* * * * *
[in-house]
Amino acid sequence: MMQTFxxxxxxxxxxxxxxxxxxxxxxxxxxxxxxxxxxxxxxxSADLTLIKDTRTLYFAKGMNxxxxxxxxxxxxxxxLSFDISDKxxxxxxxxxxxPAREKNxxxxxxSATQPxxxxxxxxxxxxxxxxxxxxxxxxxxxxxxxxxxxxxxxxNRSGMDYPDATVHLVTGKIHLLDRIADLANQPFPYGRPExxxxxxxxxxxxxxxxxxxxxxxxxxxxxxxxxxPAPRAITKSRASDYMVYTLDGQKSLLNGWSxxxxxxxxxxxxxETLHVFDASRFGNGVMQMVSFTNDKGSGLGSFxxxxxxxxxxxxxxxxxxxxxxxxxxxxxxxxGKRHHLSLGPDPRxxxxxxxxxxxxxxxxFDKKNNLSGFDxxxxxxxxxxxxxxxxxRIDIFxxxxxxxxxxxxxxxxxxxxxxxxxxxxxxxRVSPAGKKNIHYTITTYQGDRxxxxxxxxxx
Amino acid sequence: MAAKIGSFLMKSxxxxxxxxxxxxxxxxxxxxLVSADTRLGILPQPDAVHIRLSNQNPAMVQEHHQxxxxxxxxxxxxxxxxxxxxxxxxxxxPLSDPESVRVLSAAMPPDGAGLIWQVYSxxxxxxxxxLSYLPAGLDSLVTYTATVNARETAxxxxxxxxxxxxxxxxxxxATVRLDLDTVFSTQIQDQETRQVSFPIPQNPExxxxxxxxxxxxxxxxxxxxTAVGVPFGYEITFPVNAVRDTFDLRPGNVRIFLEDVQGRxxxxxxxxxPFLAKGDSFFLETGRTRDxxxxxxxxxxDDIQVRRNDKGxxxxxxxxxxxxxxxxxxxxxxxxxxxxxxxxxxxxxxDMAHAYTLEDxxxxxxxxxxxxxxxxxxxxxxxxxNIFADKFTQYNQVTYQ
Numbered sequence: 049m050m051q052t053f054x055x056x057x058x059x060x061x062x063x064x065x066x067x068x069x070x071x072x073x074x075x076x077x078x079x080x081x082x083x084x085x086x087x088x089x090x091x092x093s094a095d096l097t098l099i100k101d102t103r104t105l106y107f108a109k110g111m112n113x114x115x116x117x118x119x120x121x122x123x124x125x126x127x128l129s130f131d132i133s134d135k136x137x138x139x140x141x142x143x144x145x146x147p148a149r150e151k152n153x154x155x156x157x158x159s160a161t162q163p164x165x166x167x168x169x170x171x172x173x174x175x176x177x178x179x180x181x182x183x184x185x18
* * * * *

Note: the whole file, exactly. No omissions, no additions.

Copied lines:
[in-house]
Amino acid sequence: MMQTFxxxxxxxxxxxxxxxxxxxxxxxxxxxxxxxxxxxxxxxSADLTLIKDTRTLYFAKGMNxxxxxxxxxxxxxxxLSFDISDKxxxxxxxxxxxPAREKNxxxxxxSATQPxxxxxxxxxxxxxxxxxxxxxxxxxxxxxxxxxxxxxxxxNRSGMDYPDATVHLVTGKIHLLDRIADLANQPFPYGRPExxxxxxxxxxxxxxxxxxxxxxxxxxxxxxxxxxPAPRAITKSRASDYMVYTLDGQKSLLNGWSxxxxxxxxxxxxxETLHVFDASRFGNGVMQMVSFTNDKGSGLGSFxxxxxxxxxxxxxxxxxxxxxxxxxxxxxxxxGKRHHLSLGPDPRxxxxxxxxxxxxxxxxFDKKNNLSGFDxxxxxxxxxxxxxxxxxRIDIFxxxxxxxxxxxxxxxxxxxxxxxxxxxxxxxRVSPAGKKNIHYTITTYQGDRxxxxxxxxxx
Amino acid sequence: MAAKIGSFLMKSxxxxxxxxxxxxxxxxxxxxLVSADTRLGILPQPDAVHIRLSNQNPAMVQEHHQxxxxxxxxxxxxxxxxxxxxxxxxxxxPLSDPESVRVLSAAMPPDGAGLIWQVYSxxxxxxxxxLSYLPAGLDSLVTYTATVNARETAxxxxxxxxxxxxxxxxxxxATVRLDLDTVFSTQIQDQETRQVSFPIPQNPExxxxxxxxxxxxxxxxxxxxTAVGVPFGYEITFPVNAVRDTFDLRPGNVRIFLEDVQGRxxxxxxxxxPFLAKGDSFFLETGRTRDxxxxxxxxxxDDIQVRRNDKGxxxxxxxxxxxxxxxxxxxxxxxxxxxxxxxxxxxxxxDMAHAYTLEDxxxxxxxxxxxxxxxxxxxxxxxxxNIFADKFTQYNQVTYQ
Numbered sequence: 049m050m051q052t053f054x055x056x057x058x059x060x061x062x063x064x065x066x067x068x069x070x071x072x073x074x075x076x077x078x079x080x081x082x083x084x085x086x087x088x089x090x091x092x093s094a095d096l097t098l099i100k101d102t103r104t105l106y107f108a109k110g111m112n113x114x115x116x117x118x119x120x121x122x123x124x125x126x127x128l129s130f131d132i133s134d135k136x137x138x139x140x141x142x143x144x145x146x147p148a149r150e151k152n153x154x155x156x157x158x159s160a161t162q163p164x165x166x167x168x169x170x171x172x173x174x175x176x177x178x179x180x181x182x183x184x185x18